If the employee is indebted to the agency for the buy back of leave. Fontaine Comptroller General Services Administration: This letter is in response to your request for an independent review of the leave repurchase accounting made in the case of Mr. Much of the background information set forth below was obtained informally from Mr. Kaplan was granted a workers' compensation award by OWCP for the period May 17. Since an employee may not receive OWCP compensation for any period in which he is carried in a pay status. The OWCP award was $1. It was paid directly to GSA by OWCP in 1985. Recovery of that amount was not accomplished until 1986. Kaplan's confusion over a "double deduction" of the debt was the result of an error in the April 10.
B-231764, Mar 22, 1989, Office of General Counsel
CIVILIAN PERSONNEL - Leaves of Absence - Leave repurchase - Procedures - Occupational illnesses/injuries
Raymond A. Fontaine
General Services Administration:
This letter is in response to your request for an independent review of the leave repurchase accounting made in the case of Mr. Bailey Kaplan. Much of the background information set forth below was obtained informally from Mr. Edward T. Nasalik, Chief, GSA National Payroll Center, Kansas City, Missouri.
Mr. Kaplan, a GSA employee, suffered a job-related injury on April 1, 1985. He applied for workers' compensation through the Office of Workers' Compensation Programs (OWCP), Department of Labor, under the provisions of the Federal Employees' Compensation Act, 5 U.S.C. Secs. 8101-8193 (1982). Pending receipt of that award, Mr. Kaplan began a period of sick leave on May 17, 1985, which continued until June 21, 1985. Effective June 22, 1985, he entered into leave without pay (LWOP) status.
On August 28, 1985, Mr. Kaplan was granted a workers' compensation award by OWCP for the period May 17, 1985, to June 21, 1985. Since an employee may not receive OWCP compensation for any period in which he is carried in a pay status, Mr. Kaplan had to "buy back" the sick leave taken in connection with the job-related injury and be placed in a leave-without- pay (LWOP) status during that period. 5 U.S.C. Sec. 8116 (1982); 20 C.F.R. Sec. 10.310 (1985).
The leave to be repurchased by Mr. Kaplan had a value of $2,059.20. The OWCP award was $1,544.40, and it was paid directly to GSA by OWCP in 1985, leaving a balance due GSA from Mr. Kaplan of $514.80. Recovery of that amount was not accomplished until 1986, after Mr. Kaplan had retired.
He has complained that GSA has collected this indebtedness twice; once from his withholdings and once from his actual lump-sum leave payment. appears that Mr. Kaplan's confusion over a "double deduction" of the debt was the result of an error in the April 10, 1987, letter from GSA which implied that the debt had been collected from his lump-sum leave payment. Since that issue has been clarified by GSA, we need not respond to it further.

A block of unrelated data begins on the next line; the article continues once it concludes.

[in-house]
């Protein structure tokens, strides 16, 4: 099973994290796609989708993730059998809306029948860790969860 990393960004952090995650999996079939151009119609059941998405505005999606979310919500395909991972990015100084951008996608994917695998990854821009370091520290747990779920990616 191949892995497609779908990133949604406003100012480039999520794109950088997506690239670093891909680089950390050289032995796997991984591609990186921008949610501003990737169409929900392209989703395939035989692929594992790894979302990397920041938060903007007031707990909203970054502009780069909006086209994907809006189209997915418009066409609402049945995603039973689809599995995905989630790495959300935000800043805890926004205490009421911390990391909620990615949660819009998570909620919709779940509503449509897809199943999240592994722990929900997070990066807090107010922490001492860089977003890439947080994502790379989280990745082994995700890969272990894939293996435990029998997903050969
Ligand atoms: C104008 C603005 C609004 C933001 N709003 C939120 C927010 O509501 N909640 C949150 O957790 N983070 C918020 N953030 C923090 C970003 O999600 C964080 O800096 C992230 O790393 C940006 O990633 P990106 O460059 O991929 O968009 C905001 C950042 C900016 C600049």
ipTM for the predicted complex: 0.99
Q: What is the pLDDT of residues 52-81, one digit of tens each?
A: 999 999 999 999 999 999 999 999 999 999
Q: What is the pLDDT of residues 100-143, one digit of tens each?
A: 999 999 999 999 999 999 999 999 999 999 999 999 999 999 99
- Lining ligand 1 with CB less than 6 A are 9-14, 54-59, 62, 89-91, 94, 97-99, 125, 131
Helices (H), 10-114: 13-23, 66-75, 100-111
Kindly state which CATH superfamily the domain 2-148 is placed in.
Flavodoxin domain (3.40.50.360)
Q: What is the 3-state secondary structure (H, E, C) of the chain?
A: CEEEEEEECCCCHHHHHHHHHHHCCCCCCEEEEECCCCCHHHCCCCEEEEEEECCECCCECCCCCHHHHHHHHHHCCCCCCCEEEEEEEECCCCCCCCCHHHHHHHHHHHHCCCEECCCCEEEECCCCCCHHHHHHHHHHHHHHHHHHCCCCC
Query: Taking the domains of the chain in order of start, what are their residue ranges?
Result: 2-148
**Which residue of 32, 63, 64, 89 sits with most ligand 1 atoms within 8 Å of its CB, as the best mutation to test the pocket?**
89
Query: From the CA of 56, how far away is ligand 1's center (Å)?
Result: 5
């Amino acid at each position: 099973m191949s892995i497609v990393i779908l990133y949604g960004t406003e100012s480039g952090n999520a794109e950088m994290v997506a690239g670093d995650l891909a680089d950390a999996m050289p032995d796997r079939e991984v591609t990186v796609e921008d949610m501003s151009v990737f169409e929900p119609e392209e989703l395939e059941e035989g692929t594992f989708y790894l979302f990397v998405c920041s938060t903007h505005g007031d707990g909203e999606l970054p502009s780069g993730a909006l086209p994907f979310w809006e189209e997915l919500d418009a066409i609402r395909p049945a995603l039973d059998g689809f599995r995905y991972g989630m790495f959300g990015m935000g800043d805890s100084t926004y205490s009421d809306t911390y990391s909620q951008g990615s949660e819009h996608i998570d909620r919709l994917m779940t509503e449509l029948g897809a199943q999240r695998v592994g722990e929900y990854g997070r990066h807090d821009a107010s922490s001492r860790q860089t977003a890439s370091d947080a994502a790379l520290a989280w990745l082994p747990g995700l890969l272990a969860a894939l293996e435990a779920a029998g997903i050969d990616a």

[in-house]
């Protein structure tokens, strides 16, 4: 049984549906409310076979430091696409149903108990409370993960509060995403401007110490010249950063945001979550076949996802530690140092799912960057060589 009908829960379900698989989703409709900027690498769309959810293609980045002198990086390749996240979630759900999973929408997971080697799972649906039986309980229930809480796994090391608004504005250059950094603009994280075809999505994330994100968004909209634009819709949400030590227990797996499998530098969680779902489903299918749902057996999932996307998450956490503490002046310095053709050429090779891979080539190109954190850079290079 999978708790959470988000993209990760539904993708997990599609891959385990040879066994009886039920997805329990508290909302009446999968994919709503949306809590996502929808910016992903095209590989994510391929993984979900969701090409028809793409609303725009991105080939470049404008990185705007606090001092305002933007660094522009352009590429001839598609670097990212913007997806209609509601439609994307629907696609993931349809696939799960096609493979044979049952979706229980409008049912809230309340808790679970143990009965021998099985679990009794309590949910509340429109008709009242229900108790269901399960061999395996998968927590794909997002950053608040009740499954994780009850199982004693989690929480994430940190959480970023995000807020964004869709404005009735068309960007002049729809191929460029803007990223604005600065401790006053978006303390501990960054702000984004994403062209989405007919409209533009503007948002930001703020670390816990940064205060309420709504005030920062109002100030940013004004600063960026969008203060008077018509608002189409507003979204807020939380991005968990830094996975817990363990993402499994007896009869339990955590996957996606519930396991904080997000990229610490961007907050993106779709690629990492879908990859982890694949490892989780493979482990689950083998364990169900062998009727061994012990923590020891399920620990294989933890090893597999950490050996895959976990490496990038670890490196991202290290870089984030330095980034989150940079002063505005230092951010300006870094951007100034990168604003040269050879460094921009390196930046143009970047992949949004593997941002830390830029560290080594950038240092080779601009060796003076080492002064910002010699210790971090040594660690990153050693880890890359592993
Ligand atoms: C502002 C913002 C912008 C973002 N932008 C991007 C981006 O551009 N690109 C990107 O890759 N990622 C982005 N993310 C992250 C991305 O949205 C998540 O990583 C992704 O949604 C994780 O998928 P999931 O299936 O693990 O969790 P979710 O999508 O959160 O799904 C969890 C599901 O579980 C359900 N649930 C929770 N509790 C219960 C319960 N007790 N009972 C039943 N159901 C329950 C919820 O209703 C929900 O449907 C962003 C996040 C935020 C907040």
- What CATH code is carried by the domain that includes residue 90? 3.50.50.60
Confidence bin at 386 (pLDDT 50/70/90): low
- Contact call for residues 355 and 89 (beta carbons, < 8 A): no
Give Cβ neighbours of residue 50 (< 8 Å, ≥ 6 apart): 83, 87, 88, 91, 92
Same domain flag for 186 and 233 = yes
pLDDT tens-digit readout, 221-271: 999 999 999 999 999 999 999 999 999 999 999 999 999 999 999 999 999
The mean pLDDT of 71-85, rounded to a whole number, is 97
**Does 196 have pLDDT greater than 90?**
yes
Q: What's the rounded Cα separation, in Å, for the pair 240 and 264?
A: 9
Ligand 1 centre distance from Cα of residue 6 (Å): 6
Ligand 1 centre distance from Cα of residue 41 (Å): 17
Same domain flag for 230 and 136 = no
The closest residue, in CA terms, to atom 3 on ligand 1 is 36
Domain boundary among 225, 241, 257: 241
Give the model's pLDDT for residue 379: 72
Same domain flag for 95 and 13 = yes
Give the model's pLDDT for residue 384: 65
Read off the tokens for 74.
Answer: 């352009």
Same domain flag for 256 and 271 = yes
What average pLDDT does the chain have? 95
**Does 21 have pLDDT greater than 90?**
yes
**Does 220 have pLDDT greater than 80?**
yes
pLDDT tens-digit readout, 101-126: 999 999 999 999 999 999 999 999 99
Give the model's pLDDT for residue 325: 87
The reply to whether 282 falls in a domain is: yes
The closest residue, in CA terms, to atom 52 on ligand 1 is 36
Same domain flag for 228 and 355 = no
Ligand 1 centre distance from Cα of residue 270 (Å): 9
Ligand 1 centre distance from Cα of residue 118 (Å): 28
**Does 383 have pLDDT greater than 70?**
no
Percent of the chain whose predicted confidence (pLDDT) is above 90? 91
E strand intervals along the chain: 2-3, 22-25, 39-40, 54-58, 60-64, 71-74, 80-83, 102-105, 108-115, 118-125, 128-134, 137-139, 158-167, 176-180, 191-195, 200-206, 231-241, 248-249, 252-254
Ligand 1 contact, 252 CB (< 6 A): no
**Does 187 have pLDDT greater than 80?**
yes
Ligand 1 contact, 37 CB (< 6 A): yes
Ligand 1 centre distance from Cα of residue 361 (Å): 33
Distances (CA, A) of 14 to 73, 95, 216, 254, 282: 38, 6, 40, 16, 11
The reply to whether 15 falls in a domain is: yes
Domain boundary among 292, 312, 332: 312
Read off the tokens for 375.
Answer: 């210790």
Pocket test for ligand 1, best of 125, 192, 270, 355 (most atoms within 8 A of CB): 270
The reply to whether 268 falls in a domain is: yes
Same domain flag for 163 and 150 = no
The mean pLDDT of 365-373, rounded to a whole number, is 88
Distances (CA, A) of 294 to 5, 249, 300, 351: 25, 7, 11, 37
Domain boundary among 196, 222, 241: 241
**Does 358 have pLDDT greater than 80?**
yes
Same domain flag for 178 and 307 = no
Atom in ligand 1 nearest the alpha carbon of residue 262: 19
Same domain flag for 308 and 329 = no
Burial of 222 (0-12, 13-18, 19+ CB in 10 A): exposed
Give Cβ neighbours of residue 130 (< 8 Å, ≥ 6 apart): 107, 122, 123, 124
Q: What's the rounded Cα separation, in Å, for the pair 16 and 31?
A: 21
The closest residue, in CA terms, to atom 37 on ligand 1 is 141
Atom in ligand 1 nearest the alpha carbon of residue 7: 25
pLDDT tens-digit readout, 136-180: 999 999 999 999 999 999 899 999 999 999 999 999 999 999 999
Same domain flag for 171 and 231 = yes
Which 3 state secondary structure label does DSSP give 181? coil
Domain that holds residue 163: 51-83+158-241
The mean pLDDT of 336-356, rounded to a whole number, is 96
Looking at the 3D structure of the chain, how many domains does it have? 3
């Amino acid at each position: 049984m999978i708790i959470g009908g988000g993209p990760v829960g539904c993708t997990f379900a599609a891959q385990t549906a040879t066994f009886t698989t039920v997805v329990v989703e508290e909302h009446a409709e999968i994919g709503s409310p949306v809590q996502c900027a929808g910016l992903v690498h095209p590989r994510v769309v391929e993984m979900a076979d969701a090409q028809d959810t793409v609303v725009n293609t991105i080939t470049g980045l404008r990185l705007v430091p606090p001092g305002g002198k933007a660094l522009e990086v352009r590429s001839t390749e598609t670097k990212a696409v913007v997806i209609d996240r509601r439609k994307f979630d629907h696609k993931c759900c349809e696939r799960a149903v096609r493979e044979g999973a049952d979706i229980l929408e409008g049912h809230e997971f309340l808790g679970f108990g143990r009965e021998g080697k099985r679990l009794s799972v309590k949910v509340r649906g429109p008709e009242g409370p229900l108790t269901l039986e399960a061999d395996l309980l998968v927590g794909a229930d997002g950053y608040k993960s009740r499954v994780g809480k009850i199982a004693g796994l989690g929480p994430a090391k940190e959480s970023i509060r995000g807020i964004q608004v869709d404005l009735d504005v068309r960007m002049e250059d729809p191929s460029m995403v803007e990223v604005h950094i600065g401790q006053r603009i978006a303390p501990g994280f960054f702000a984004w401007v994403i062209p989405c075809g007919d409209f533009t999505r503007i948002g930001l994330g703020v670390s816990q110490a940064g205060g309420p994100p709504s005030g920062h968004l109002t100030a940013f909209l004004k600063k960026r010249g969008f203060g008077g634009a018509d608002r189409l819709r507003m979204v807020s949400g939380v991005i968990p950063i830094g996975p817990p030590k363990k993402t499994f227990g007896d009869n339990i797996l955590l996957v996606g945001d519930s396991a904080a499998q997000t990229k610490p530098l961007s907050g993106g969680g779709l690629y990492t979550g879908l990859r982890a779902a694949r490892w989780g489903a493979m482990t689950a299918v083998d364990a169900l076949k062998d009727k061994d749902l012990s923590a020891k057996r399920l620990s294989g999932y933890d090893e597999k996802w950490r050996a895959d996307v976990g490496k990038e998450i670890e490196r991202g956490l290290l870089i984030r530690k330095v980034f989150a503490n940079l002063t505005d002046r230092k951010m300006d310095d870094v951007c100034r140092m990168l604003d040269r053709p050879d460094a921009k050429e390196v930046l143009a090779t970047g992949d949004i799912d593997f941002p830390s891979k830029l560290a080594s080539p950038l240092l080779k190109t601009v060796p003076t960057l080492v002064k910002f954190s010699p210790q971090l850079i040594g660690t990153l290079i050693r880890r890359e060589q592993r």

Ordinarily, debts of an employee to his agency are recovered by direct payment by the employee, by deductions from current pay, by lump sum leave payment at separation, or, if the employee is retired, by deduction from his monthly retirement annuity. However, in this case, GSA did not follow that practice. Instead, based on Mr. Kaplan's gross pay for 1986 (lump- sum leave payment of $3,326.40), GSA calculated the amount to be withheld for federal and state taxes, and medicare. GSA then subtracted or "backed off" from each of these withholding items sufficient money to eliminate Mr. Kaplan's debt, $514.80, and returned this amount to GSA appropriations. GSA then reported to the federal and state taxing authorities on Mr. Kaplan's W-2 forms for 1986 that he received $514.80 less income that year than his actual income from GSA. In addition, GSA advised Mr. Kaplan that since adjustments were made for calendar year 1986, he could claim as a miscellaneous deduction on his federal and state tax returns for 1986 the income received in 1985, but limited to the amount of the OWCP award - $1,544.80. See Internal Revenue Service Rev. Rul. 79-322.
We know of no basis upon which GSA could properly adjust Mr. Kaplan's required deductions from his lump-sum annual leave payment in order to recover the indebtedness. While it would be proper to recover the money due from a lump-sum leave payment, it should have been from the net pay due him, not from monies required to be withheld for taxes and medicare for 1986. Failing that, GSA should have attempted collection by offset against his retirement annuity or by civil action. It was improper to adjust the debt by reducing his required withholding amounts and reporting a lesser amount of income to the taxing authorities for 1986.
As we understand it, Mr. Kaplan has now received corrected W-2's for 1985 and 19H6. As corrected, his 1986 W-2 statement properly reflects wages of $3,326.40, and, in accordance with the IRS Ruling cited above, he may now claim the full $2,059.20 OWCP payment as a miscellaneous deduction on an amended return for calendar year 1986. However, it appears that the corrected W-2 for 1985 would have to be further corrected because it underreported his wages for that calendar year.